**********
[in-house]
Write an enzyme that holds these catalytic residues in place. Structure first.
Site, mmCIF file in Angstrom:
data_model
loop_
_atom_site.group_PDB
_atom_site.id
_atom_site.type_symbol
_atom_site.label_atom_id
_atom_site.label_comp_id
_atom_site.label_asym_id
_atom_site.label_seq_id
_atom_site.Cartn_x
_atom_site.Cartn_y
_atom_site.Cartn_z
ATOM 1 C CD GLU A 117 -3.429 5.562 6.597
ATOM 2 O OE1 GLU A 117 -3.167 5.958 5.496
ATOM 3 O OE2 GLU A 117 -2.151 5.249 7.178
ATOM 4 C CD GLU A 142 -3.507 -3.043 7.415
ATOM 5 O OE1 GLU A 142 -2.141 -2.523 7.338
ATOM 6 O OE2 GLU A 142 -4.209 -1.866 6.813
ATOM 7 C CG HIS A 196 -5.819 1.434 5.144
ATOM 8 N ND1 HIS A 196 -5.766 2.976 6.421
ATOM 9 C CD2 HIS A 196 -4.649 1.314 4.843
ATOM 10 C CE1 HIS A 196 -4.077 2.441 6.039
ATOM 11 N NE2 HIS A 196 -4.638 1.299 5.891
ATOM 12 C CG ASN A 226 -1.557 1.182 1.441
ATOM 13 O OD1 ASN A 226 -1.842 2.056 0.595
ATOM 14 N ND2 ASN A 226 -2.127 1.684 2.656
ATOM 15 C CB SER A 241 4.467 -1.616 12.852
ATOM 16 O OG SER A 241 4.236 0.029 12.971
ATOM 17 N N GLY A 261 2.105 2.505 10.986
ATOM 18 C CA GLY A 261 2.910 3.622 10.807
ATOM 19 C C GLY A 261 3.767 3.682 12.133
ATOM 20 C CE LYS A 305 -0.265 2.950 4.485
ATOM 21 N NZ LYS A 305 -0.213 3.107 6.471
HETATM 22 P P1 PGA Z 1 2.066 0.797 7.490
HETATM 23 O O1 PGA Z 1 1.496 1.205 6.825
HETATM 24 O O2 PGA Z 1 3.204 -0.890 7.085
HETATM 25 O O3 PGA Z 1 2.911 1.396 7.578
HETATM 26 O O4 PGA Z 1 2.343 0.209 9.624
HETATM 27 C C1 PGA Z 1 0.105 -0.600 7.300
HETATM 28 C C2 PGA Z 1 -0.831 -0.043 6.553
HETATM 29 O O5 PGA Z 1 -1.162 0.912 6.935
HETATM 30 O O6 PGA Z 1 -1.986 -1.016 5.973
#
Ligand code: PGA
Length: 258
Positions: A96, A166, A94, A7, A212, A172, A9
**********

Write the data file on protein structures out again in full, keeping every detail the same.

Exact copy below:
[in-house]
Write an enzyme that holds these catalytic residues in place. Structure first.
Site, mmCIF file in Angstrom:
data_model
loop_
_atom_site.group_PDB
_atom_site.id
_atom_site.type_symbol
_atom_site.label_atom_id
_atom_site.label_comp_id
_atom_site.label_asym_id
_atom_site.label_seq_id
_atom_site.Cartn_x
_atom_site.Cartn_y
_atom_site.Cartn_z
ATOM 1 C CD GLU A 117 -3.429 5.562 6.597
ATOM 2 O OE1 GLU A 117 -3.167 5.958 5.496
ATOM 3 O OE2 GLU A 117 -2.151 5.249 7.178
ATOM 4 C CD GLU A 142 -3.507 -3.043 7.415
ATOM 5 O OE1 GLU A 142 -2.141 -2.523 7.338
ATOM 6 O OE2 GLU A 142 -4.209 -1.866 6.813
ATOM 7 C CG HIS A 196 -5.819 1.434 5.144
ATOM 8 N ND1 HIS A 196 -5.766 2.976 6.421
ATOM 9 C CD2 HIS A 196 -4.649 1.314 4.843
ATOM 10 C CE1 HIS A 196 -4.077 2.441 6.039
ATOM 11 N NE2 HIS A 196 -4.638 1.299 5.891
ATOM 12 C CG ASN A 226 -1.557 1.182 1.441
ATOM 13 O OD1 ASN A 226 -1.842 2.056 0.595
ATOM 14 N ND2 ASN A 226 -2.127 1.684 2.656
ATOM 15 C CB SER A 241 4.467 -1.616 12.852
ATOM 16 O OG SER A 241 4.236 0.029 12.971
ATOM 17 N N GLY A 261 2.105 2.505 10.986
ATOM 18 C CA GLY A 261 2.910 3.622 10.807
ATOM 19 C C GLY A 261 3.767 3.682 12.133
ATOM 20 C CE LYS A 305 -0.265 2.950 4.485
ATOM 21 N NZ LYS A 305 -0.213 3.107 6.471
HETATM 22 P P1 PGA Z 1 2.066 0.797 7.490
HETATM 23 O O1 PGA Z 1 1.496 1.205 6.825
HETATM 24 O O2 PGA Z 1 3.204 -0.890 7.085
HETATM 25 O O3 PGA Z 1 2.911 1.396 7.578
HETATM 26 O O4 PGA Z 1 2.343 0.209 9.624
HETATM 27 C C1 PGA Z 1 0.105 -0.600 7.300
HETATM 28 C C2 PGA Z 1 -0.831 -0.043 6.553
HETATM 29 O O5 PGA Z 1 -1.162 0.912 6.935
HETATM 30 O O6 PGA Z 1 -1.986 -1.016 5.973
#
Ligand code: PGA
Length: 258
Positions: A96, A166, A94, A7, A212, A172, A9